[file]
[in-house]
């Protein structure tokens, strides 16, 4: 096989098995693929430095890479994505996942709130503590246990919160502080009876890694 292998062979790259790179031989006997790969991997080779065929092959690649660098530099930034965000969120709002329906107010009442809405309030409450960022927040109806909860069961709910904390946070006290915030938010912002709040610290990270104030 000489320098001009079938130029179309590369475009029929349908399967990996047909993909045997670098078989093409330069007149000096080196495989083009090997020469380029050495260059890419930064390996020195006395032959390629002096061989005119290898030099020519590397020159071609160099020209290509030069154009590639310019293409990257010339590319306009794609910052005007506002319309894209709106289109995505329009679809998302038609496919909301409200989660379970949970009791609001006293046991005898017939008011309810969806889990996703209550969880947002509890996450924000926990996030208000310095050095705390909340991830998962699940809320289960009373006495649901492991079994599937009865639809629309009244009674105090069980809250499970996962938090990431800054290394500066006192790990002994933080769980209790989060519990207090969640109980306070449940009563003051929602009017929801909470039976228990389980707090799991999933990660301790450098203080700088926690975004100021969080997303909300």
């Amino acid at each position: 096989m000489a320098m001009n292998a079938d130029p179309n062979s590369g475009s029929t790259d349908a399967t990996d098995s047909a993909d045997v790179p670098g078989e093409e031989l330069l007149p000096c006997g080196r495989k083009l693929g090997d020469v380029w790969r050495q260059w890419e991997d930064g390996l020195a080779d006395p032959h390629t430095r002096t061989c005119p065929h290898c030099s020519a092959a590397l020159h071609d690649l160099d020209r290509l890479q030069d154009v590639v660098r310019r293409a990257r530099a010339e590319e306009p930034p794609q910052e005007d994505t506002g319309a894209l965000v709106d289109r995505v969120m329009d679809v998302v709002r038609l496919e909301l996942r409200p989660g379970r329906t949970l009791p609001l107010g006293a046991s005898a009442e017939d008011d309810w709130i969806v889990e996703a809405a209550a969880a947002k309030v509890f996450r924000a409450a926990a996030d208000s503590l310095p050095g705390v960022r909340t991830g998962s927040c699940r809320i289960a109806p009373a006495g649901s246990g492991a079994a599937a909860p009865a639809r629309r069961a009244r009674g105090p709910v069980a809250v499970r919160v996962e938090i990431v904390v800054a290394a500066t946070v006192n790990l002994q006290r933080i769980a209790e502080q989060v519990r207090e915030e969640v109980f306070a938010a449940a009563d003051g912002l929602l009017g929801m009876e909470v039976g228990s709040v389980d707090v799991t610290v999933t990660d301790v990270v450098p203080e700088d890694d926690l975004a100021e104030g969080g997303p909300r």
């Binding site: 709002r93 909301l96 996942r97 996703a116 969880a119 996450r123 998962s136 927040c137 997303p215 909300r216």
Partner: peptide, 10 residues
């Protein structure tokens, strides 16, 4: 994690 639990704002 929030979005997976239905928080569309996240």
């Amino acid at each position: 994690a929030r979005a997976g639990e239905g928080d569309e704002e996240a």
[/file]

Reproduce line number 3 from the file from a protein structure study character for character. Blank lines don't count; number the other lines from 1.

């Amino acid at each position: 096989m000489a320098m001009n292998a079938d130029p179309n062979s590369g475009s029929t790259d349908a399967t990996d098995s047909a993909d045997v790179p670098g078989e093409e031989l330069l007149p000096c006997g080196r495989k083009l693929g090997d020469v380029w790969r050495q260059w890419e991997d930064g390996l020195a080779d006395p032959h390629t430095r002096t061989c005119p065929h290898c030099s020519a092959a590397l020159h071609d690649l160099d020209r290509l890479q030069d154009v590639v660098r310019r293409a990257r530099a010339e590319e306009p930034p794609q910052e005007d994505t506002g319309a894209l965000v709106d289109r995505v969120m329009d679809v998302v709002r038609l496919e909301l996942r409200p989660g379970r329906t949970l009791p609001l107010g006293a046991s005898a009442e017939d008011d309810w709130i969806v889990e996703a809405a209550a969880a947002k309030v509890f996450r924000a409450a926990a996030d208000s503590l310095p050095g705390v960022r909340t991830g998962s927040c699940r809320i289960a109806p009373a006495g649901s246990g492991a079994a599937a909860p009865a639809r629309r069961a009244r009674g105090p709910v069980a809250v499970r919160v996962e938090i990431v904390v800054a290394a500066t946070v006192n790990l002994q006290r933080i769980a209790e502080q989060v519990r207090e915030e969640v109980f306070a938010a449940a009563d003051g912002l929602l009017g929801m009876e909470v039976g228990s709040v389980d707090v799991t610290v999933t990660d301790v990270v450098p203080e700088d890694d926690l975004a100021e104030g969080g997303p909300r």